Lure fishing

For me, nothing is more dynamic and no sport with more evolving learning curve than the art of Fishing. In fishing, you will never seem to stop learning something new with every single fishing trip.
Fishing covers many changing variables and needs utmost skills to adapt and make use of the constantly changing conditions.
With every experience and techniques gained we have to be on the learning curve and change our tactics and strategies. That’s where the fun begins, the uncertainties faced and the strategizing starts.

Here we have talked a lot about general fishing but in particular Lure fishing and the actual action of lure casting is more an act of active hunting rather than passive fishing.
Many believe that baiting tend to have a higher change of landing a catch but I firmly believe now that a right lure in the hands of a good angler will definitely land a sizeable catch relative to baiting.
Ardent baiters will tend to disregard luring as they believe that luring is too tiring and “fishes don’t eat plastics”
I have thought about this seriously and have studied the advantage of luring.

First of all a lure being retrieved right displays an aggressive motion where the fish is at its comfort zone will tend to strike the lure as a defensive measure.
All animals especially predators tend to have their own territories. In luring we call them strike zones. And when we cast our lure into that area we are mimicking another fish invading the fish’s “zone” enticing an attack.
A lure imitates a baitfish and a hungry fish will strike
Even though at an area where there are sufficient bait fishes available .. certain lures imitate an injured or wounded baitfish which is relatively an easier meal for the fish.
Amidst the schools of bait fishes a lure will be singled out as a different animal/fish and anything that stands out from the crowd usually will be singled out and attacked first.

I read somewhere in a magazine that it’s a generally accepted statement that 10% of anglers catches 90% of the fish.
There are published research that indicates the professional lurers have certain abilities or traits.
They have the instinct or knowledge that allows them to locate the target fish through years of practice.
The ability to impart action to their lure when retrieved or trolled very slowly so as to stay within the fishes strike-zone for as long as they could. Instead of just whizzing by the fish.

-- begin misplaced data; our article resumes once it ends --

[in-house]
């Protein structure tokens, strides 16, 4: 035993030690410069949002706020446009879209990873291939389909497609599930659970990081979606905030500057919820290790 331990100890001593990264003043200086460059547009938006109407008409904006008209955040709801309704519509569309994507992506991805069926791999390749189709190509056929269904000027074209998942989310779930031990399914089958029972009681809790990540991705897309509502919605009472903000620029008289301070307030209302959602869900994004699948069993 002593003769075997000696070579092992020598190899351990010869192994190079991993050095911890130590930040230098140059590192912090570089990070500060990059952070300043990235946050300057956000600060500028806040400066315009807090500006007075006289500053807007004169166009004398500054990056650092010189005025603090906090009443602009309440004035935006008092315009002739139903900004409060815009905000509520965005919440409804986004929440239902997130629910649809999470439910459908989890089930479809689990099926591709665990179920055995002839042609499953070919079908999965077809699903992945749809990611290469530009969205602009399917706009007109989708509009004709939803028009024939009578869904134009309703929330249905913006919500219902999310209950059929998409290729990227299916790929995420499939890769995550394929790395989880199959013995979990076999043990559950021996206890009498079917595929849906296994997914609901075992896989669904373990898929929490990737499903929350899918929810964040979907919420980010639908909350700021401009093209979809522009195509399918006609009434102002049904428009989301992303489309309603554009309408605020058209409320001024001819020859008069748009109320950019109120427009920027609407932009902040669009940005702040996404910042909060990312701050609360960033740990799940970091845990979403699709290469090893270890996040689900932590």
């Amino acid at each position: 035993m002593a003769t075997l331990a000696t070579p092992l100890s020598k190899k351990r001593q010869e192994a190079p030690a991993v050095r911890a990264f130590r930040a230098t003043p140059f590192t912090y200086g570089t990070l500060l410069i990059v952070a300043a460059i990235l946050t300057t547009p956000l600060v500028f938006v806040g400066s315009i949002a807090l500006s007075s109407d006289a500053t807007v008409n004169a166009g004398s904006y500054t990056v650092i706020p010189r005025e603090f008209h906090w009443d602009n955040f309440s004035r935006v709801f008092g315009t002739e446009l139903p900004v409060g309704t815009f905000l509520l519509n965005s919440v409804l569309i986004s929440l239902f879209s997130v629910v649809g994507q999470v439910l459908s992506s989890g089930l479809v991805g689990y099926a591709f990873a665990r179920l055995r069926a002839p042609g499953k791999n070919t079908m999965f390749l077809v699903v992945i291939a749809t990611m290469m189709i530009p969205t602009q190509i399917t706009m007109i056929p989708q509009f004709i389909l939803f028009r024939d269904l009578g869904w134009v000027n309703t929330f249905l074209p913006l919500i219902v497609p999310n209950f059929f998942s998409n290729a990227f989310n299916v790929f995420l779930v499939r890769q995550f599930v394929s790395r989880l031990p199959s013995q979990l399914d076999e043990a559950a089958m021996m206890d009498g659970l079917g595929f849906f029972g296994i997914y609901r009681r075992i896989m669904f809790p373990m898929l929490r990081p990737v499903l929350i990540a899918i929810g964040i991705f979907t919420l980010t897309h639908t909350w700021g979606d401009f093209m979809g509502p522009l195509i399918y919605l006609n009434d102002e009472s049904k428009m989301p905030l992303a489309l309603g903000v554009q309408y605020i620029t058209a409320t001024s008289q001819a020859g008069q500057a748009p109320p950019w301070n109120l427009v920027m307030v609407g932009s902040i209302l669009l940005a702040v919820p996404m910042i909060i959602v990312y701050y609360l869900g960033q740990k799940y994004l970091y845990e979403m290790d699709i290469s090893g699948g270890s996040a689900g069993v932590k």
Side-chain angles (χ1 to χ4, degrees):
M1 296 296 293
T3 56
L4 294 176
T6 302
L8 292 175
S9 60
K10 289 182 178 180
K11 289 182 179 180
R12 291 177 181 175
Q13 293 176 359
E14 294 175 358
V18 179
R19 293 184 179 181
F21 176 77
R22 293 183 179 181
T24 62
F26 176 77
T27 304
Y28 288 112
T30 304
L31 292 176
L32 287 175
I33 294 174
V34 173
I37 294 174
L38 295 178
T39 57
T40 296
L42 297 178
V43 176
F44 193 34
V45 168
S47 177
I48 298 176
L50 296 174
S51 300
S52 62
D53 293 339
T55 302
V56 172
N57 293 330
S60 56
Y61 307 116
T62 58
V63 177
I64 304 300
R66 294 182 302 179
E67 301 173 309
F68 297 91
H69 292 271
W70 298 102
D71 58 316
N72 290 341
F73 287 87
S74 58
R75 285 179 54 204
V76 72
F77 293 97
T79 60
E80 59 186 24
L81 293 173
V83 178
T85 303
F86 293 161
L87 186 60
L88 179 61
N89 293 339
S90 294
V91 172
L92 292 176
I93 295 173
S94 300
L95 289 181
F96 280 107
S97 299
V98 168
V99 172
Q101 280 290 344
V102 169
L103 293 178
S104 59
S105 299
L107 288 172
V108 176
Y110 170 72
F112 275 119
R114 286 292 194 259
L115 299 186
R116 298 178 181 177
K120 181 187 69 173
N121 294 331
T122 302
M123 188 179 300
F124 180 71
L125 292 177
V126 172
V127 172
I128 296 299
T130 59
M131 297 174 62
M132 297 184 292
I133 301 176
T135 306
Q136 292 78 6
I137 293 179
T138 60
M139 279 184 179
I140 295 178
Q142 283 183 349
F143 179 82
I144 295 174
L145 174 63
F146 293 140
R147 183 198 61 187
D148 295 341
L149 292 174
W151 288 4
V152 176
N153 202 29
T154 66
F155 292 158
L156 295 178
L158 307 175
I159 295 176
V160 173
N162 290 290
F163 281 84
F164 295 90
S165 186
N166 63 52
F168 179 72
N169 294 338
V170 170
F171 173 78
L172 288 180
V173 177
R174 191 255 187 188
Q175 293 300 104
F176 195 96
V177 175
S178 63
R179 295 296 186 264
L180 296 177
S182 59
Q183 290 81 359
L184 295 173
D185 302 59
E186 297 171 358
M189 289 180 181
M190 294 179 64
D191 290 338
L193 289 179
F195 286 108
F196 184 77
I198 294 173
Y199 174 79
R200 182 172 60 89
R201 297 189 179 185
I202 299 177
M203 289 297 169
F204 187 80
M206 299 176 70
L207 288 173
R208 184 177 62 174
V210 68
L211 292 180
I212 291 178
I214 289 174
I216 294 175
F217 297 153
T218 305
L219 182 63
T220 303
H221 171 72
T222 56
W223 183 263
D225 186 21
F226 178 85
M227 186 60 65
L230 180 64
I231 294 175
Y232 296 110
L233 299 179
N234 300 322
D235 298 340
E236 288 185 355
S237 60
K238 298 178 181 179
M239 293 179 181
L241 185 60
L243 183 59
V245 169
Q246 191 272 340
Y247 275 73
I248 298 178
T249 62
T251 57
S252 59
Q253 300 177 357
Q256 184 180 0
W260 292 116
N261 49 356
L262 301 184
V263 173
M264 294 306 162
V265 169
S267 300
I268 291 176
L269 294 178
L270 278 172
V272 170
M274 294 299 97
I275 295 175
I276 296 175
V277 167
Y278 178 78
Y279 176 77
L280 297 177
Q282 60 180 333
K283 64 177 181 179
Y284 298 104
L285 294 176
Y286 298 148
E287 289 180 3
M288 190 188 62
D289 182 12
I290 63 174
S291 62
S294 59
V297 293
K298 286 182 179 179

To vary and change the lure retrieval speed and depth as often as required.

My color is better than yours!
Remember my statement that we need to keep an open mind with fishing? When it comes to choosing a lure ..many of us will decide on color but are often unsure of which to choose and will go with the one that looks “good”.
We need to keep learning and stay on the learning curve.

There is however a rule of the thumb.
Dark Day = Dark Color
Bright Day = Bright Color

I have also discovered that purple/black lures and spinners work well in all conditions.
Orange color tinted lure is also very effective all rounder.

What about dirty water – casually known as Teh Tarik (Milk Tea) here locally.
Obviously the fish needs to be very close to the lure to see it. Hence color doesn’t matter. We need to make use of two things- Noise and vibration.
Use lure with strong action – Chug bug works well.

Also like the Kranji reservoir, when the water is thick with sediment or algae, the oxygen concentration is far greater near the surface of the water so we need to start popping the poppers.
Many anglers tend to choose lures to match the bait fishes …but if there are plenty of bait fishes around why would the fish choose your lure then? I believe anything that stands out will have a higher chance of being attacked.
Have you ever seen people landing huge snakeheads using poppers that look like your son’s toy or a marker pen?

Many anglers I speak to go for lures with red under the gills and near the tail – bleeding and injured fish. Also as I mentioned before – orangy tint at the belly is good.
But with all these theories and suggestions … think like a fish and choose the lure you like. Don’t bother with one that irks you because most likely you are going to keep using the one you like.

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